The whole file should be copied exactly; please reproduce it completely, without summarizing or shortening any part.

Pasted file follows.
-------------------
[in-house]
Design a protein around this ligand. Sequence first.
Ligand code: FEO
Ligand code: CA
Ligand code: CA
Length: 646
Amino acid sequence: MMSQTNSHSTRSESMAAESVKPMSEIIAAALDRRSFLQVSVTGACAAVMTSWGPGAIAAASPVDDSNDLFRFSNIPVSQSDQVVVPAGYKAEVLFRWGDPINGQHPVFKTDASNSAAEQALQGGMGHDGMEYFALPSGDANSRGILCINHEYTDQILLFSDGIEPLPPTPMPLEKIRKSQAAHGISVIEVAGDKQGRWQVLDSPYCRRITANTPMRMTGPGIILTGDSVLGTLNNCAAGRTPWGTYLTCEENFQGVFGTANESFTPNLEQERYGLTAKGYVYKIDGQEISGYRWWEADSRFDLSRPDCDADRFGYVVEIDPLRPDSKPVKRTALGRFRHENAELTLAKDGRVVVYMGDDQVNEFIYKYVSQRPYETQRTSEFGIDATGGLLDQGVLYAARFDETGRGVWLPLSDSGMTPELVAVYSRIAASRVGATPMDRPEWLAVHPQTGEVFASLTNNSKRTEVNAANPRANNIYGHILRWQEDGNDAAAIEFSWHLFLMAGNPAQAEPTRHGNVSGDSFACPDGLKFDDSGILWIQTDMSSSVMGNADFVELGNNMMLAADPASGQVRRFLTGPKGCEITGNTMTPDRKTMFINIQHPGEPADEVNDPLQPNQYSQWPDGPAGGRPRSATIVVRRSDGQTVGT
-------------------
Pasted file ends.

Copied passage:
[in-house]
Design a protein around this ligand. Sequence first.
Ligand code: FEO
Ligand code: CA
Ligand code: CA
Length: 646
Amino acid sequence: MMSQTNSHSTRSESMAAESVKPMSEIIAAALDRRSFLQVSVTGACAAVMTSWGPGAIAAASPVDDSNDLFRFSNIPVSQSDQVVVPAGYKAEVLFRWGDPINGQHPVFKTDASNSAAEQALQGGMGHDGMEYFALPSGDANSRGILCINHEYTDQILLFSDGIEPLPPTPMPLEKIRKSQAAHGISVIEVAGDKQGRWQVLDSPYCRRITANTPMRMTGPGIILTGDSVLGTLNNCAAGRTPWGTYLTCEENFQGVFGTANESFTPNLEQERYGLTAKGYVYKIDGQEISGYRWWEADSRFDLSRPDCDADRFGYVVEIDPLRPDSKPVKRTALGRFRHENAELTLAKDGRVVVYMGDDQVNEFIYKYVSQRPYETQRTSEFGIDATGGLLDQGVLYAARFDETGRGVWLPLSDSGMTPELVAVYSRIAASRVGATPMDRPEWLAVHPQTGEVFASLTNNSKRTEVNAANPRANNIYGHILRWQEDGNDAAAIEFSWHLFLMAGNPAQAEPTRHGNVSGDSFACPDGLKFDDSGILWIQTDMSSSVMGNADFVELGNNMMLAADPASGQVRRFLTGPKGCEITGNTMTPDRKTMFINIQHPGEPADEVNDPLQPNQYSQWPDGPAGGRPRSATIVVRRSDGQTVGT